April 15, 2019

Weekly Reflection – Life is Not a Cowboy Movie

Weekly Reflection – Life is Not a Cowboy Movie

We all enjoy the stereotypical cowboy movie where the Lone Ranger (or Paladin) charges into the desperados’ hideout, guns blazing, and settles the injustices he has found there. Unfortunately, that approach seldom works well in real life; it usually leaves a few bodies bleeding in the road. Real life is not a cowboy movie!

Some universal truths govern our effectiveness in attempting to change others to what we perceive is a better path.  Most of these come from my training as a hospital chaplain. 

The epistle of James has always been a useful guide for me.  “Let every man be quick to hear, slow to speak and slow to anger, for the anger of man does not work the righteousness of  God.”  (James 1:19)

Seek first to understand the situation before trying to change it fully.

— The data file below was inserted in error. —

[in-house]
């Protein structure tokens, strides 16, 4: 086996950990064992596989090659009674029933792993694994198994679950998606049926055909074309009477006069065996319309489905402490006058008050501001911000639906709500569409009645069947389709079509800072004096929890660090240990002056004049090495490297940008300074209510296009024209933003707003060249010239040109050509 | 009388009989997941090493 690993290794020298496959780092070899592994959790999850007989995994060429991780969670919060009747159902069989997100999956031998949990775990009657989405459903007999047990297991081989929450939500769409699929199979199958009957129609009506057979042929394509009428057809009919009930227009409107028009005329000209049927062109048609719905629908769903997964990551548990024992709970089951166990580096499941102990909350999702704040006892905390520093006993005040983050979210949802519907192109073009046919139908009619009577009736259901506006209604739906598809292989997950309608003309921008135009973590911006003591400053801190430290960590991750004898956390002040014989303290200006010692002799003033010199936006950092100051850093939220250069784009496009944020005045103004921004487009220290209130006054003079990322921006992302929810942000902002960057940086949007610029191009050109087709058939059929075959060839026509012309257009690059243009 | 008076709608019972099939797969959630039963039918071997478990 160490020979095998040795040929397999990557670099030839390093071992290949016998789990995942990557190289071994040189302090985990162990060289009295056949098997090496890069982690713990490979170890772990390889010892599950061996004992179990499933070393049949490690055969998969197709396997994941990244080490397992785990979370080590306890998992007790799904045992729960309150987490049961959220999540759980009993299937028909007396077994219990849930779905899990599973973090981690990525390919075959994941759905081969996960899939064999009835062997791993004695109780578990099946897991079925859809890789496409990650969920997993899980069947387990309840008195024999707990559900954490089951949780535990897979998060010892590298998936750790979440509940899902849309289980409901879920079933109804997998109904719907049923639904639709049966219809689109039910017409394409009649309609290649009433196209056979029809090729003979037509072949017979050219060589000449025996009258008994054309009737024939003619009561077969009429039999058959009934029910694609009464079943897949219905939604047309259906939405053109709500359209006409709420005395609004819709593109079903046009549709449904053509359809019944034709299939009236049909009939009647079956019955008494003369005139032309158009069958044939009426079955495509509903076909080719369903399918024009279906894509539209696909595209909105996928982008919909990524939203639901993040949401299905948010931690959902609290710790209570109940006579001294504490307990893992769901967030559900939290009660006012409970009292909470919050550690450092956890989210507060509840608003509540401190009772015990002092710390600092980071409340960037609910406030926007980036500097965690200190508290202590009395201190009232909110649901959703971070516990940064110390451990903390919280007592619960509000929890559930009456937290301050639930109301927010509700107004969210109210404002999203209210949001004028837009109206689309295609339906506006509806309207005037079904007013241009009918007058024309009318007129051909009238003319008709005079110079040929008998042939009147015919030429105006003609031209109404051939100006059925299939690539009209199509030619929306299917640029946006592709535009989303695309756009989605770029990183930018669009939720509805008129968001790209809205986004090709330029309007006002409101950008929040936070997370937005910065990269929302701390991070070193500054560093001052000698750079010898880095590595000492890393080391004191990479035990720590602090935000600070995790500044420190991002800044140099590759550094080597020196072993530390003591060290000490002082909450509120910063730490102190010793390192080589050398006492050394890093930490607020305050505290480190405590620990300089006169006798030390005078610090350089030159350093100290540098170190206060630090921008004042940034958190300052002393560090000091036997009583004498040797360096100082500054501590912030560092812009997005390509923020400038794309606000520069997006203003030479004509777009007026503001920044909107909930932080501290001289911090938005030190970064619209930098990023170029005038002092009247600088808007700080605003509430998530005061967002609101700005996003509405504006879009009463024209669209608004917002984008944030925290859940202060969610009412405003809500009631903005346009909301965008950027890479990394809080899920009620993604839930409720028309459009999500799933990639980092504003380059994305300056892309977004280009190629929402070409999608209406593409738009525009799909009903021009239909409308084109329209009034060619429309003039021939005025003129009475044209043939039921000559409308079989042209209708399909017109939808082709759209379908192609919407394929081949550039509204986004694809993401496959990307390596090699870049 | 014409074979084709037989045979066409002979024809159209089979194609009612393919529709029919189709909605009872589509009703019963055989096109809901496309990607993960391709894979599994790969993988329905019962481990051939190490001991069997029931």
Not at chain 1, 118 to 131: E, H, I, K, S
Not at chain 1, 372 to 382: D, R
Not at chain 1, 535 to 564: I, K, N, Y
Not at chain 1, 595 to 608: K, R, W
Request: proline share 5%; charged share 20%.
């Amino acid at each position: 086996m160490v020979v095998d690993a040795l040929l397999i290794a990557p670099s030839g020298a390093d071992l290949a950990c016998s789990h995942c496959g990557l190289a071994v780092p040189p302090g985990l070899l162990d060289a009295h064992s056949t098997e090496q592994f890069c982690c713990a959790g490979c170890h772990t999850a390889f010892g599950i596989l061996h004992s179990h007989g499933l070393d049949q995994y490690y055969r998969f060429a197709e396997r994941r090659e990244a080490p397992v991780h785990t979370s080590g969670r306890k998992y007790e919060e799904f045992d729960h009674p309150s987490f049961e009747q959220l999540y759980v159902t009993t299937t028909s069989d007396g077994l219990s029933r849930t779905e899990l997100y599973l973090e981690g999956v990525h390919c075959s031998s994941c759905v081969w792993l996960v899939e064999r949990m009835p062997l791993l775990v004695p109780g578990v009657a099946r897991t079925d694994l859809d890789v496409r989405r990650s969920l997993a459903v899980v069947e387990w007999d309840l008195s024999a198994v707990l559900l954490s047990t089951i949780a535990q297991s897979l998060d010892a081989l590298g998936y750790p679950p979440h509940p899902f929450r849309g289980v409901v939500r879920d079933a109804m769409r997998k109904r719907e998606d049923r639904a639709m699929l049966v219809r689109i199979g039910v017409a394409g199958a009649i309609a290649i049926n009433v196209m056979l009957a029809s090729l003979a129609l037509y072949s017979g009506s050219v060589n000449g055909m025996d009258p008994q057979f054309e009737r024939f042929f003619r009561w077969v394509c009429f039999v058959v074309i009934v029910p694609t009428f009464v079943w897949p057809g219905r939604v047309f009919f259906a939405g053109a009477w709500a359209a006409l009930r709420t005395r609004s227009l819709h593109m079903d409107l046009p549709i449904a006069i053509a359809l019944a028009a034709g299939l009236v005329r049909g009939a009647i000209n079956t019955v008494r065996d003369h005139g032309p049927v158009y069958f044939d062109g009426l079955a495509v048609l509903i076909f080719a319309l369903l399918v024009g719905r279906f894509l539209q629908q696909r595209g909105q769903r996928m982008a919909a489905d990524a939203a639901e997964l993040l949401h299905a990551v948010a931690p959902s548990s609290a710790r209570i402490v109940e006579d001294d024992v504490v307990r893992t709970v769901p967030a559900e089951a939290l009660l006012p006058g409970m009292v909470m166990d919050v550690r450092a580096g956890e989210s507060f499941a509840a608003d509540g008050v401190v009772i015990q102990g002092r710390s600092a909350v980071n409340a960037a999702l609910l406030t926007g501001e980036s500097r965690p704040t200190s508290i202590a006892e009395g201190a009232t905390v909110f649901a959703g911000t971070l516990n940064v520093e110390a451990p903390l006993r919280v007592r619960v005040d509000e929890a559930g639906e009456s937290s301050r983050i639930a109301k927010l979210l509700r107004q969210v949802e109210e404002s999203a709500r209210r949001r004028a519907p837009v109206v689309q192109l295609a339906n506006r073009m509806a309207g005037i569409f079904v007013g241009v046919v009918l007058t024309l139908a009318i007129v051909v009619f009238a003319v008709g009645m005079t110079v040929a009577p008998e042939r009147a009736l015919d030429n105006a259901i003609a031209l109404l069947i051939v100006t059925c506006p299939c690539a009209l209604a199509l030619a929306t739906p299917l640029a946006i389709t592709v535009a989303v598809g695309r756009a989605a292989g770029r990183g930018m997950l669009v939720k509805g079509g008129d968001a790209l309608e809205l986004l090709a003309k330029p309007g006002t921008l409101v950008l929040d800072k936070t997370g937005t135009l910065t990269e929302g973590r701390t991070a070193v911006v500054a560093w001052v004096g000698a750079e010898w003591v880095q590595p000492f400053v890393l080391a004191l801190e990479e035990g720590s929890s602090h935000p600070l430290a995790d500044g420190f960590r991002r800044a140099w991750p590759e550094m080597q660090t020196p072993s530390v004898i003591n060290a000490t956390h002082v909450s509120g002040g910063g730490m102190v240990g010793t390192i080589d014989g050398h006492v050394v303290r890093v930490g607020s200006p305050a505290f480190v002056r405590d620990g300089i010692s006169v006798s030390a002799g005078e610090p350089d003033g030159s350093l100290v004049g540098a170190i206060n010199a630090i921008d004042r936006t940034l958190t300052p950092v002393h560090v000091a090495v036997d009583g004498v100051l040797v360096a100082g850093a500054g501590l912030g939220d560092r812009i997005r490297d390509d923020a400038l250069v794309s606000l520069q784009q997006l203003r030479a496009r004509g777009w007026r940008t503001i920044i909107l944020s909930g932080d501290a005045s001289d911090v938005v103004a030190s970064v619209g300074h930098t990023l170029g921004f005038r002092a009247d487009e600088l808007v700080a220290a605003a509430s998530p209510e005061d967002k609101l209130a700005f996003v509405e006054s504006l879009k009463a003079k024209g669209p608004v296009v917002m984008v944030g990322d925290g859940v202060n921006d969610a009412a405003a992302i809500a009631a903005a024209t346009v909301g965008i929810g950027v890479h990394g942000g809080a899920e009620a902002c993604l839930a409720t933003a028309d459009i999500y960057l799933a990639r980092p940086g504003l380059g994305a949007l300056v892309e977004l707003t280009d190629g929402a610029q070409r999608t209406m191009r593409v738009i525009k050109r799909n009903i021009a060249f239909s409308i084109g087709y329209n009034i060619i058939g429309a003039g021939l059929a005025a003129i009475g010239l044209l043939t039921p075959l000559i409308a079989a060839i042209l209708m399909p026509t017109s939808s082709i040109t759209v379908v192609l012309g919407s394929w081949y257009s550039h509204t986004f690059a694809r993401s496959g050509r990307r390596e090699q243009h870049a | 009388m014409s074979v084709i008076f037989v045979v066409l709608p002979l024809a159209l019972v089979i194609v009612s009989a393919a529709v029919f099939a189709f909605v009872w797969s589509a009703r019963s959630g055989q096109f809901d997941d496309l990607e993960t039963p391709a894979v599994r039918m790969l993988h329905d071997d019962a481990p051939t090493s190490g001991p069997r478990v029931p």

Earn the right to speak, i.e., FIRST establish a positive rapport.  Does the other person feel heard?  
Do not criticize unless and until the other is willing to let you hold their heart in your hands. 
In other words, wait until the other person wholeheartedly believes that you genuinely care about them.

Do no harm while trying to do some good.
And the old prophet, Micah, shared this universal guideline, “…and what does the Lord require of you but to do justice, and to love kindness and to walk humbly with your God?” (Micah 6:8)  Humility, kindness, and justice:  sounds like a good rule.  One aside; I suspect that on the subject of justice, the prophet is thinking more of seeking justice for others rather than on righting injustice that has been done to us.  Jesus said something about the other cheek.

There are situations where we interact with a group of peers in ways that have the potential for conflict between members.  These are good times to ask the question, “What is our purpose here?”  Is it to build one another up or to attack the others “error”?  I suspect that the building up option is more often the objective.  In that case, I am adopting the rule of always speaking in “I” terms rather than “You” or “They.”  I can speak of how something affects me.  But I may not have earned the right to address how I perceive the “other” should change.  The intent here is always to “Do no harm.”

Have a blessed and peaceful week!

Chaplain Allen

For more on this topic read: No Solo Christians!